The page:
Three lions from Ukrainian zoo evacuated to Denmark

Three female lions who were evacuated from a zoo in Ukraine have arrived at Knuthenborg Safari Park on Danish island Lolland.

Three lions from Ukrainian zoo evacuated to Denmark
Simba, one of three lionesses recently evacuated from Ukraine to Denmark. Photo: Dyrenes Beskyttelse press release

The lions, named Simba, Ploy and Vee, were rescued from a zoo inside a conflict zone in Ukraine in August, charity Animal Protection Denmark (Dyrenes Beskyttelse) said in a statement on Monday.

They were transported to the Danish animal park just before Christmas.

After being removed from Feldman Ecopark in Donetsk in Ukraine in August, the lions were kept in Poland for a while before being moved to Denmark.

The war in Ukraine was the reason for their evacuation.

“We are very pleased this was possible. The small zoo (in Ukraine) was in a warzone and the lions were at risk of malnutrition,” Animal Protection Denmark biologist Anne Sofie Meilvang said.

“Evacuation of large predatory animals like this is complicated and risky for those involved, local animal lovers and soldiers. After this, the task of coordination began to get them out of Ukraine and to new homes,” she said.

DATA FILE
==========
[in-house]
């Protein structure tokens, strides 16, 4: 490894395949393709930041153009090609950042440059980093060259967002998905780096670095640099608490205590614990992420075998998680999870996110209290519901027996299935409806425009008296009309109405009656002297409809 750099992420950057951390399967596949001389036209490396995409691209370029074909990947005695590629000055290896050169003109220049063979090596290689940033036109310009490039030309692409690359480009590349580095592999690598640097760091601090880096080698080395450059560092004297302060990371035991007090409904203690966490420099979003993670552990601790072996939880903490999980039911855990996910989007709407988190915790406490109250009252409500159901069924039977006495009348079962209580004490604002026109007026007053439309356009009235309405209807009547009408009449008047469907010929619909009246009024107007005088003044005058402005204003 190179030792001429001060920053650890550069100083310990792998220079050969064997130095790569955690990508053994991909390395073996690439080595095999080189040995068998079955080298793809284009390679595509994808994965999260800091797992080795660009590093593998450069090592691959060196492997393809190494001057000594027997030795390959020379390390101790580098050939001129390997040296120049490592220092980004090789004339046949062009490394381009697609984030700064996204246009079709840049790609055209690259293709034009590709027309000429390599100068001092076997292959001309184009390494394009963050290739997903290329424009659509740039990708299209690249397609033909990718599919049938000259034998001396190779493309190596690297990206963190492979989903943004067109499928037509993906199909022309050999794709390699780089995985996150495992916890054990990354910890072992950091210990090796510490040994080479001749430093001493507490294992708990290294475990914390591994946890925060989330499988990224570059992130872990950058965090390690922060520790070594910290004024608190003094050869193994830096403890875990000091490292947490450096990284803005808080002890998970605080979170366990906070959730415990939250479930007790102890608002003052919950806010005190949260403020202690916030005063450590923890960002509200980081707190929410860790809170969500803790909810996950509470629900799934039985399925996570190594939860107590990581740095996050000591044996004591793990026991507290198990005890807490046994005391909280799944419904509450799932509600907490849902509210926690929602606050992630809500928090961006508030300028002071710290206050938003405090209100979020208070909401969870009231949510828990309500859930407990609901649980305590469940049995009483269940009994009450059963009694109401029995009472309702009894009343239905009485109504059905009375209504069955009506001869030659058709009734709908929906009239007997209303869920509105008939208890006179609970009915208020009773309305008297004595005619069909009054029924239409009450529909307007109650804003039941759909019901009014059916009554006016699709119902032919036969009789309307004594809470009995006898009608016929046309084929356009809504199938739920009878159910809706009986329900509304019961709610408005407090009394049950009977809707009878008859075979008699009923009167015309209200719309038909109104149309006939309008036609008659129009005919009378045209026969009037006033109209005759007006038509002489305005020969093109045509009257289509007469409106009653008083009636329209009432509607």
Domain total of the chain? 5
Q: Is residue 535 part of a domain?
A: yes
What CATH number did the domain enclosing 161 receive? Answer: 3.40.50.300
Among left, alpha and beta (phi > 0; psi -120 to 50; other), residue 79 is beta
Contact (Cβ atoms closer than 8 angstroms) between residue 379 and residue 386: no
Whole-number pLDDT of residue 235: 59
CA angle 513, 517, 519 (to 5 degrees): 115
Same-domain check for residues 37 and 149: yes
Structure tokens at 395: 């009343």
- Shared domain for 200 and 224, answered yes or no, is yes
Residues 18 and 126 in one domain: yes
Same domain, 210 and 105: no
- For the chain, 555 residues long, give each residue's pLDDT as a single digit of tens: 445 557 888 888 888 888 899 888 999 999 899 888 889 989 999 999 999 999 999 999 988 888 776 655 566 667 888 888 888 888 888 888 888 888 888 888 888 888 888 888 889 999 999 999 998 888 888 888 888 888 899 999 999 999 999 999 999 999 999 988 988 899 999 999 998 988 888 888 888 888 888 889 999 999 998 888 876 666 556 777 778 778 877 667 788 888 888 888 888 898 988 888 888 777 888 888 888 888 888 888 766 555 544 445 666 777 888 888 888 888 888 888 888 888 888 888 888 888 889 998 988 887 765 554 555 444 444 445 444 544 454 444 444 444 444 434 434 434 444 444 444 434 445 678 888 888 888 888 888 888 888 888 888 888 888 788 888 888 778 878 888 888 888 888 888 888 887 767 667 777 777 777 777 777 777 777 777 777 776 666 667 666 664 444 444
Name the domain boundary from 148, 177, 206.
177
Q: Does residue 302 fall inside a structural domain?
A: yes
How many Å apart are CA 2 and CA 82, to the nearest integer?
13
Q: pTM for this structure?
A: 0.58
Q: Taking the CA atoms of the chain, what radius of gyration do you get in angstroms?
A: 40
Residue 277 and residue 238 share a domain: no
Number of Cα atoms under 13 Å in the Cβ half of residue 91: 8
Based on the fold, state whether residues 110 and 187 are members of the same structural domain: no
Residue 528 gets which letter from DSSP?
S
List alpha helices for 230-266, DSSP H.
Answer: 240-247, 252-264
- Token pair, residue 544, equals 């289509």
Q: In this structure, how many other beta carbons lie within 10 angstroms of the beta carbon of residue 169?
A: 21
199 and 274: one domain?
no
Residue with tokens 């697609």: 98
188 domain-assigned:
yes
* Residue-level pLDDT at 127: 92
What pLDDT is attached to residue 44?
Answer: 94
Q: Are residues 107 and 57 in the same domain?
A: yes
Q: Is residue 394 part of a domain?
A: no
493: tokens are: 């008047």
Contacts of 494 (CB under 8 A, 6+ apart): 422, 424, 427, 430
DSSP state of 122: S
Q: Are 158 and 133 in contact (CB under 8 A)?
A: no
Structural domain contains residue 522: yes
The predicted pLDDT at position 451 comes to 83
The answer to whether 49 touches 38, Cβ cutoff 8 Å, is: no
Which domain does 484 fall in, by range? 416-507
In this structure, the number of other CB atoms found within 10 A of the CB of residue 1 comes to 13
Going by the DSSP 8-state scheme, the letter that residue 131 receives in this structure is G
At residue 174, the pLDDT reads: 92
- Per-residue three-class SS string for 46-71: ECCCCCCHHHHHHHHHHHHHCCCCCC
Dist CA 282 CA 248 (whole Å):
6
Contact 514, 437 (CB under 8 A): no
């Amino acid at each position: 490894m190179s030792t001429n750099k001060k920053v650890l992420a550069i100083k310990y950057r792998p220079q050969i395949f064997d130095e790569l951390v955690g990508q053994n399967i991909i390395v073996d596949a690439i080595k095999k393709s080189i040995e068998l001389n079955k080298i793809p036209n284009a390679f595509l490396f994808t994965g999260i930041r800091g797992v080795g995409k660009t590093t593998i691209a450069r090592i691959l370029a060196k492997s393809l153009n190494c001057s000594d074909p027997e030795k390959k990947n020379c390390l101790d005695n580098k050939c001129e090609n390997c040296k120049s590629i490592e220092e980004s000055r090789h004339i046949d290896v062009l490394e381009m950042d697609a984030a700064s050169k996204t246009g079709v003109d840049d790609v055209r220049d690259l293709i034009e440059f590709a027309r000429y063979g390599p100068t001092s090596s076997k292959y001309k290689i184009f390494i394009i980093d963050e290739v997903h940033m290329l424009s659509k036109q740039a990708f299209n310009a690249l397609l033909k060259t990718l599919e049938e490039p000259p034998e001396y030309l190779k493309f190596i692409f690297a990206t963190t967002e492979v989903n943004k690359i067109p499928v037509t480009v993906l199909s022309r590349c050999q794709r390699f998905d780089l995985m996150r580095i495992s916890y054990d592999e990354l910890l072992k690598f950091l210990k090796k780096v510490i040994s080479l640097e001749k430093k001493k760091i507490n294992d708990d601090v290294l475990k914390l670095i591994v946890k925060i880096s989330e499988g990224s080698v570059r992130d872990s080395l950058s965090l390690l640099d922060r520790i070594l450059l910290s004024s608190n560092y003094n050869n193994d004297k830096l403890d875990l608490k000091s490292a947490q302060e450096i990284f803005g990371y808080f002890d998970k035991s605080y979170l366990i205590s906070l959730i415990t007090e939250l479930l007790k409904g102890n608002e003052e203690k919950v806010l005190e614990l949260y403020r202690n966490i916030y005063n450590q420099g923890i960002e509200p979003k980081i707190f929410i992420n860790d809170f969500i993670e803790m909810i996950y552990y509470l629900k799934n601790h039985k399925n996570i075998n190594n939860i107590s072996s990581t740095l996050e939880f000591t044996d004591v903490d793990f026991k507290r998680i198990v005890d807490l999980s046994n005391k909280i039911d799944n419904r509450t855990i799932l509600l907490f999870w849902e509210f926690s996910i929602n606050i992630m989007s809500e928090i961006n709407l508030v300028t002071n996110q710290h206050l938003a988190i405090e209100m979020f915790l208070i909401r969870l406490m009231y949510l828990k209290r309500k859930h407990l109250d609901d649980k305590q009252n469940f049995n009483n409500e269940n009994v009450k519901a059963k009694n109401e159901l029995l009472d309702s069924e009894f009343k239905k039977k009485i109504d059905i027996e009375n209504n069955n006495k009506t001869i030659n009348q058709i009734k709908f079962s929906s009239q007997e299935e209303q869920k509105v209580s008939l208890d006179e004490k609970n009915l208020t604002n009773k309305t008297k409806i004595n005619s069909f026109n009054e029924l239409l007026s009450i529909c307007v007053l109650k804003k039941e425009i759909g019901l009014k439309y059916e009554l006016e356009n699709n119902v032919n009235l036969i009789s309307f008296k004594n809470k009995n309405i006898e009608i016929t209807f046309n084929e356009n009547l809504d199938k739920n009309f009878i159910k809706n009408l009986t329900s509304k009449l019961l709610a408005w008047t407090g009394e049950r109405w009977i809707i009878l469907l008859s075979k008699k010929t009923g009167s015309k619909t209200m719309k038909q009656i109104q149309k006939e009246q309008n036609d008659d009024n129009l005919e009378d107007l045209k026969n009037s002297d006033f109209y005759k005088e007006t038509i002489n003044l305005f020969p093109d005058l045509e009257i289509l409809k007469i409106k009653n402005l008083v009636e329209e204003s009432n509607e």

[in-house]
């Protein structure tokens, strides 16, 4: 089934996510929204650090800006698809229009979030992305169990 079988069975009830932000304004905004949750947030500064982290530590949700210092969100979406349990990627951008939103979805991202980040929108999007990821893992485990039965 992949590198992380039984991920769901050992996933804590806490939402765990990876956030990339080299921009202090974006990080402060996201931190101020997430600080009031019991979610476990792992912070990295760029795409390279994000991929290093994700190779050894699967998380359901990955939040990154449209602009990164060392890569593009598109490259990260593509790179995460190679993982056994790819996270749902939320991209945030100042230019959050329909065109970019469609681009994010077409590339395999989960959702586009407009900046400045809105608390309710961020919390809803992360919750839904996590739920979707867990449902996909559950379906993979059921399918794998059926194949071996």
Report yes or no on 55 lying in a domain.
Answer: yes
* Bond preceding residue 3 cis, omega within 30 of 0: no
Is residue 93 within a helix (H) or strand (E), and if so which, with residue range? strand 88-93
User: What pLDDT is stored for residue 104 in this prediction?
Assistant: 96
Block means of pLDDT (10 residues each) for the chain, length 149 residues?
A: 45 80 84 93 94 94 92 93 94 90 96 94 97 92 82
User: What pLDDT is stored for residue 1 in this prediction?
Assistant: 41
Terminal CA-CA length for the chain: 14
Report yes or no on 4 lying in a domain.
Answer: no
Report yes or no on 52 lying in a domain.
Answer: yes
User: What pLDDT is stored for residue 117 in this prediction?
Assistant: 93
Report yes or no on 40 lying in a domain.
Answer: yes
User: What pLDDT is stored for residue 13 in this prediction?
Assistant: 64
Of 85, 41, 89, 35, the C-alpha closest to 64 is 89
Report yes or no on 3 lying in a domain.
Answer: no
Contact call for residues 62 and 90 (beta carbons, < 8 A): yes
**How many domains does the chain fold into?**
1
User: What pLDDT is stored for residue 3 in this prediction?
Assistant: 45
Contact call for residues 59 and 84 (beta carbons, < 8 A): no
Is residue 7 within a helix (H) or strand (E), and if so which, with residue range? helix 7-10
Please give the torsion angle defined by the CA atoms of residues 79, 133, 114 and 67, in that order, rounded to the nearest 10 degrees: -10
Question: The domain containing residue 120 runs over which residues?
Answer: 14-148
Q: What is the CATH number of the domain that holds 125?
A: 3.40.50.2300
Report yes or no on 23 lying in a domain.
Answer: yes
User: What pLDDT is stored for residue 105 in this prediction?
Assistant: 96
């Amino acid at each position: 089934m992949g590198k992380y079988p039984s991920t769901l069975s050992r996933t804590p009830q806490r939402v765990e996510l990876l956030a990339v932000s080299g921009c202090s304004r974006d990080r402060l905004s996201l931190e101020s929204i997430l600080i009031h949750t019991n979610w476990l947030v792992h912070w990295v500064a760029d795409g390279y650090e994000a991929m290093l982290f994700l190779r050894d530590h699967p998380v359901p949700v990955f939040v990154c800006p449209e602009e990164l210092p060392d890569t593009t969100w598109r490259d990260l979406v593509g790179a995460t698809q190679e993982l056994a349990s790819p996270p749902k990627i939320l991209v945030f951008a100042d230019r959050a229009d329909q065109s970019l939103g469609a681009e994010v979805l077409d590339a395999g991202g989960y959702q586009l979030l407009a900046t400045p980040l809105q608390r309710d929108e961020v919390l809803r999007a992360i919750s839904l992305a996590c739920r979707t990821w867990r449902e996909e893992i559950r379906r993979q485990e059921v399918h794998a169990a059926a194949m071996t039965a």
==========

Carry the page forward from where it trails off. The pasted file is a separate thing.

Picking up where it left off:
The three female lions are set to be given their own enclosure at the Danish safari park.

Knuthenborg has one of Europe’s largest tiger enclosures, Tigerskoven or “The Tiger Forest”.

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Danish family smuggled 69 dogs, 10 horses and 4 goats to Sweden

A Danish family of four have been found guilty of smuggling after they moved from Denmark to Sweden and brought their 83 animals without the proper paperwork.

Danish family smuggled 69 dogs, 10 horses and 4 goats to Sweden
File photo of goats not related to the story. Photo: Jurek Holzer/SvD/TT

It all started when the family moved from Denmark to Sweden in 2014, to rent a farm.

The father, the only one of the four with a driving licence, made several round trips to Sweden to transport the family's belongings and their animals to their new home, while the rest of the family made the journey by train.

But the animals were never reported to Swedish Customs Agency and the majority of them lacked the necessary documents such as passports and recent veterinary certificates.

The case was brought to Swedish authorities' attention when the county administrative board visited the farm for a routine check and, after contacting the Swedish Board of Agriculture, launched an investigation.

Malmö District Court on Tuesday found them guilty of smuggling, according to court documents seen by The Local, but emphasized it was not an aggravated smuggling offence, as the family had no previous convictions and it turned out there had been no risk of the animals spreading diseases.

The father was nevertheless handed a conditional sentence and a 5,000 kronor ($625) fine. The other three – his wife and her daughter and partner – were each fined 3,000 kronor.